Love Junkies
There are those who may be addicted to that love “high.” They need that amphetamine-like rush of dopamine, norepinephrine and phenylethylamine. Because the body builds up a tolerance to these chemicals, it begins to take more and more to give love junkies that high. They go through relationship after relationship to get their fix.
~from How Stuff Works – Love

partyrock's avatar

I feel like I could be a love junkie sometimes. I fall in love really easily, and lust over people easily, and romanticise things. I get kind of “high” whenever I meet someone I like. I start daydreaming and seem to be out in outer space.

I get the high sensation, being really excited to see them, or hear from them. And then when it doesn’t work it it’s one of the lowest lows I could ever feel.

I’m working on myself. That’s why I asked this question.

partyrock's avatar

Always pursuing love or having the idea of love,relationships,kids, in my head, and wanting to fall madly in love with someone….. ahh… I don’t know. Never mind. Thanks for the responses.

WillWorkForChocolate's avatar

@SmashTheState WTF, cynical much? I think you need to meet some nicer people who can show you just how beautiful love is.

You feel this way when you are falling in love, because you are essentially high on all the hormones and emotions that are running through your head. When I first met my husband, I was stoned out of my mind for several months, with giddiness at finding my perfect mate. He still makes me high sometimes.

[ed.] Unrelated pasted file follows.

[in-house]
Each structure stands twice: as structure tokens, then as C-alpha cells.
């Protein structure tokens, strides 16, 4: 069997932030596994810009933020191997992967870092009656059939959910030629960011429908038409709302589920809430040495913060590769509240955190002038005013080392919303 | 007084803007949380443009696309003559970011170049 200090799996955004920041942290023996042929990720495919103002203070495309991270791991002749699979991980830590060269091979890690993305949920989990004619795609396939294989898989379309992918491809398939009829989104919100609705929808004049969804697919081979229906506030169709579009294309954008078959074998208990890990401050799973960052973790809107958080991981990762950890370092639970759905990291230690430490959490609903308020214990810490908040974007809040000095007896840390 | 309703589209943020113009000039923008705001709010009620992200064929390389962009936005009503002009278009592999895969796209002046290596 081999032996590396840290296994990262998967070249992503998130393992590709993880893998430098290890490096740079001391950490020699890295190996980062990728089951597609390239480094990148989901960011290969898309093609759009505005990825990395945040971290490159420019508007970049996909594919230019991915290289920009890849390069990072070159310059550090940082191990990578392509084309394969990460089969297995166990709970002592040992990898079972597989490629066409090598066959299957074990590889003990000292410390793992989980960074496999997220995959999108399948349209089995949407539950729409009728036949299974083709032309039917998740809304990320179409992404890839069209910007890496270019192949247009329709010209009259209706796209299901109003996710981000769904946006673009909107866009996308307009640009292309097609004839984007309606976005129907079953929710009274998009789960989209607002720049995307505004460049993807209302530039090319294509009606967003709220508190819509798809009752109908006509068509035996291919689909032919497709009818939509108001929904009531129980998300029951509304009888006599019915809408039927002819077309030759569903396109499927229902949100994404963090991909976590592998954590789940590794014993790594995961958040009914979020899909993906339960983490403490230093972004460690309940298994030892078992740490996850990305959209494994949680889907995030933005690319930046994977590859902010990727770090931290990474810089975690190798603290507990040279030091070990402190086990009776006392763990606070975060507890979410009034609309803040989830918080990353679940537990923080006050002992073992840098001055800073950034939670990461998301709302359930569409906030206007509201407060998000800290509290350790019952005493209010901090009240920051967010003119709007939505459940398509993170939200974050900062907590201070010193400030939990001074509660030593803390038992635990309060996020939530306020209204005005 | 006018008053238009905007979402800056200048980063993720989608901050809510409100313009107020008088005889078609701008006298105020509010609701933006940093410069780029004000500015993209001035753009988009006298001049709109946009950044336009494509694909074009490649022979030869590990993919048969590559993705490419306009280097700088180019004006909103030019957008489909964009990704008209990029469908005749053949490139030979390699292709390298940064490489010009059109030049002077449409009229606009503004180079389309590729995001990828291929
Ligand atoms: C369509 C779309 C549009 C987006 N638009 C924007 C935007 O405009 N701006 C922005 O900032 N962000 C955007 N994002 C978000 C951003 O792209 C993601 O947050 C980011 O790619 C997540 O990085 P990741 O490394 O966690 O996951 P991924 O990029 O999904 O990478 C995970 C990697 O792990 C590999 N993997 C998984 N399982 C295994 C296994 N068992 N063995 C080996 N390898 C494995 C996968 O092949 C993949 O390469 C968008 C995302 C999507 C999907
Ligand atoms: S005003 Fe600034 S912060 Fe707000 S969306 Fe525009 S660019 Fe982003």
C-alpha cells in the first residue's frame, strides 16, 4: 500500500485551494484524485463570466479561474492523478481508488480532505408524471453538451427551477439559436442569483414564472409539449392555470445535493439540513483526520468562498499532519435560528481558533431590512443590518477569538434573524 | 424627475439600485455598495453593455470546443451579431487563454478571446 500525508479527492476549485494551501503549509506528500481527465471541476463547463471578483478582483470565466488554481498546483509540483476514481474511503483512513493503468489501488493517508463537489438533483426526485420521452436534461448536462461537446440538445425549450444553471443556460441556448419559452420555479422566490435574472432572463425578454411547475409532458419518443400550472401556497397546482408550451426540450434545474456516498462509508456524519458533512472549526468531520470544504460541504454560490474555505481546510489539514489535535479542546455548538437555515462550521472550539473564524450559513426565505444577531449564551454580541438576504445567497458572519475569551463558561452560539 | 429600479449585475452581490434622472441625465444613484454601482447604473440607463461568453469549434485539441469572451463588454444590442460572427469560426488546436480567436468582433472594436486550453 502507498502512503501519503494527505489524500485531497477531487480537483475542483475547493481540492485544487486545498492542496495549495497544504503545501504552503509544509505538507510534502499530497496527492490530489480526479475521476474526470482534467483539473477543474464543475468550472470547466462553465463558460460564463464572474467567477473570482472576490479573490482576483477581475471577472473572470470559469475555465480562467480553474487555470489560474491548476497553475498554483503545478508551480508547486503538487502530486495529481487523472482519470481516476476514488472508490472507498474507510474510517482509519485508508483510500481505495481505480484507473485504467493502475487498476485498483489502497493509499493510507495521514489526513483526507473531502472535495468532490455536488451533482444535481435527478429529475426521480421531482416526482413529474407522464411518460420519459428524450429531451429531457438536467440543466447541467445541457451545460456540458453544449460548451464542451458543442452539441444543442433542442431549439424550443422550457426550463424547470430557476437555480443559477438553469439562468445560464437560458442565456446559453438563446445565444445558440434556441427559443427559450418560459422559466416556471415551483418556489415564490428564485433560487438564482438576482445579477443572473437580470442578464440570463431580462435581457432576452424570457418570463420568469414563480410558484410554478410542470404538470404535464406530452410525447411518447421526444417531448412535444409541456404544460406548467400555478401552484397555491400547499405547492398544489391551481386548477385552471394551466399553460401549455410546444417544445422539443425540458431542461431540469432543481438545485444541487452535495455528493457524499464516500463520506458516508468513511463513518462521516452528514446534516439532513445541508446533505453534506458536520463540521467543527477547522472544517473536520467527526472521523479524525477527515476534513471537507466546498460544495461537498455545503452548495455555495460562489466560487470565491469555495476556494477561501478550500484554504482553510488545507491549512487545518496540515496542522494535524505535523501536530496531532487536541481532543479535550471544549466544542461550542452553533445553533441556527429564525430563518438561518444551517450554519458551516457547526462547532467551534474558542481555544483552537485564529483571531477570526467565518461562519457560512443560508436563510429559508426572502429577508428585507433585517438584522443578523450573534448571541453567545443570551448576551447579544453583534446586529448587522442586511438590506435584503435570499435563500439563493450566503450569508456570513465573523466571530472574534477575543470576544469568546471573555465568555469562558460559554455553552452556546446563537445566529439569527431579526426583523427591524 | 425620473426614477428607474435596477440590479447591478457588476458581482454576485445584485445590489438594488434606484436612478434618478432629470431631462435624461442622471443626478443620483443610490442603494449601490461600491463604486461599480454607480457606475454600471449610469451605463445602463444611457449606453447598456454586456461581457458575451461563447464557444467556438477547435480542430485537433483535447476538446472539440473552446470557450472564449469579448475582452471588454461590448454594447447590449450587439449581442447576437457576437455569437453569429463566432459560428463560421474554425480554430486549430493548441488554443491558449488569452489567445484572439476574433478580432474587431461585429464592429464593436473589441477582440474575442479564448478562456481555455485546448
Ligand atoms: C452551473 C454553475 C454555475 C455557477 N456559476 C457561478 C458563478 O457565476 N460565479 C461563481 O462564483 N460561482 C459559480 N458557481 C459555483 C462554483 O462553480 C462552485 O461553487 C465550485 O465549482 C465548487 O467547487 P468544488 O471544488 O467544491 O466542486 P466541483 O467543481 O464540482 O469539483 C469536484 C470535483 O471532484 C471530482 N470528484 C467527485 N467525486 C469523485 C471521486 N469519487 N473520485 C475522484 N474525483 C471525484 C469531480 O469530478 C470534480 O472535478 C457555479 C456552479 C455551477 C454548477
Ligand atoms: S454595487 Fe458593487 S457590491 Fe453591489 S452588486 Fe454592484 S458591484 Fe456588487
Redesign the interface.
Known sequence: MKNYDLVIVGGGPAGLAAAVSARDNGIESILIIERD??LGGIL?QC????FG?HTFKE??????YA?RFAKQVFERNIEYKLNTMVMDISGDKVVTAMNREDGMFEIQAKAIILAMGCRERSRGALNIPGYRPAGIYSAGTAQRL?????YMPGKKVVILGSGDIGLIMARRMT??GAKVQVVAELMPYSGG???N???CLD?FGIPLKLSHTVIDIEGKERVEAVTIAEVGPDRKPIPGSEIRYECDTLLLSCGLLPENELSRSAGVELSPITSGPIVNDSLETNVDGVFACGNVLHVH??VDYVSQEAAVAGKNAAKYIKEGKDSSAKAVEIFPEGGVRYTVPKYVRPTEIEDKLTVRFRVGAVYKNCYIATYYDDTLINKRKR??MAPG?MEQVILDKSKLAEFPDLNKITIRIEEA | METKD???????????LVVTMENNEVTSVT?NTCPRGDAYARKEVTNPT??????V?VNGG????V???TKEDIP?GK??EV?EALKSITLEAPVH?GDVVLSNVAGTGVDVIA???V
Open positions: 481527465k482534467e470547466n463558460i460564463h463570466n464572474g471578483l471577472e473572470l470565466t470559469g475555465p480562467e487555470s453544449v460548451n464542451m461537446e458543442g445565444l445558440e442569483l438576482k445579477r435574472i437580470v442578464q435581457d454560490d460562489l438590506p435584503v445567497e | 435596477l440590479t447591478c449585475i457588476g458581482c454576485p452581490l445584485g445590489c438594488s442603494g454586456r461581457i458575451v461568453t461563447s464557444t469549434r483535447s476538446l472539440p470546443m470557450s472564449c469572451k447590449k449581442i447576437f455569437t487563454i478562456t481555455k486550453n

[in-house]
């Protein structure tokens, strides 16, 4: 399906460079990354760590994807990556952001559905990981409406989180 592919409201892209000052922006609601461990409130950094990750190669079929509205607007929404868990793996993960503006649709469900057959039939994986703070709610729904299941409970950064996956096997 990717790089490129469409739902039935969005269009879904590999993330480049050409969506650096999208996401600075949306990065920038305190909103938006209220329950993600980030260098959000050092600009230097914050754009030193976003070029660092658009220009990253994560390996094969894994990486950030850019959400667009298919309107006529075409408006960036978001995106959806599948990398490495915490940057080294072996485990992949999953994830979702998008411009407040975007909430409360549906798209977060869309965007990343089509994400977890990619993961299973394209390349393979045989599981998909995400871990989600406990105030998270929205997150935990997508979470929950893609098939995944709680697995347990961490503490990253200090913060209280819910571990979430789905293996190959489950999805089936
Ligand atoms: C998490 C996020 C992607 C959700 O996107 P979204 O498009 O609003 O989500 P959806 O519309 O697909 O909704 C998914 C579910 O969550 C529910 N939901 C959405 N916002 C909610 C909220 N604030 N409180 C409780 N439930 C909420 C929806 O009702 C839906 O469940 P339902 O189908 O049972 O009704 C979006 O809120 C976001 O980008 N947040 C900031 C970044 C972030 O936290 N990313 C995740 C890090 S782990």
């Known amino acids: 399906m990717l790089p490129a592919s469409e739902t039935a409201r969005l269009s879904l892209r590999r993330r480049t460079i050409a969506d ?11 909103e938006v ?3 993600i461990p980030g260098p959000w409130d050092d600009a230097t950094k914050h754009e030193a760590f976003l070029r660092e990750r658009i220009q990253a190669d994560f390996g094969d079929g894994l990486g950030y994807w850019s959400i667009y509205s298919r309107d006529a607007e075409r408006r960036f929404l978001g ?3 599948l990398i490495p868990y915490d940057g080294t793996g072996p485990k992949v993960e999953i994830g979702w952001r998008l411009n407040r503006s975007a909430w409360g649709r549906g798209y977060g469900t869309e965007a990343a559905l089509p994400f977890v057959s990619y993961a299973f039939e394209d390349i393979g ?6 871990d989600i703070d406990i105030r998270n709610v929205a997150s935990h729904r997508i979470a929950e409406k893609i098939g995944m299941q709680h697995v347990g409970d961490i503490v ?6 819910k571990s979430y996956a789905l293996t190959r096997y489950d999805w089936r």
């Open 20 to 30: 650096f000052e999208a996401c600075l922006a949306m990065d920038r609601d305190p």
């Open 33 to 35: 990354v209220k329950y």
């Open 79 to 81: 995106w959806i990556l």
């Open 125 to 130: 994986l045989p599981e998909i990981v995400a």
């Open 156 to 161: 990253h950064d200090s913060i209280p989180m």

Clair's avatar

Dopamine and oxytocin. It makes an experience similar to an ecstasy high or newborn bonding or even eating chocolate, etc. There are most certainly a such thing as ‘love junkies.’ And why would anyone be ashamed of it…that hormone release is associated with most people’s life goals. I actually have an oxytocin molecule tattoo on my wrist because I’m quite the hormone junkie myself. I got it when I knew my husband was the one and I’m waiting for it to trigger labor so I can hold my son in my arms. “Love” gets you high! Period. And everybody likes to get high on something.

dabbler's avatar

Just watched the commentary by movie director Nacer Khemir about his desert trilogy. In it he notes one of the Persian words for love “Haim” has two other meanings besides love. One is a disease that camels get that causes them to lose their balance and wander off the road. If they are away from the road too long it is certain death in the desert. The other meaning is a wanderer, as in a Sufi mystic, who has no particular path and is only intent on walking / wandering.

chewhorse's avatar

It’s only supposed to happen once (or once at a time) experiencing it multiple times (especially while with the one your with) is nothing more than lust which closely resembles love until the next morning.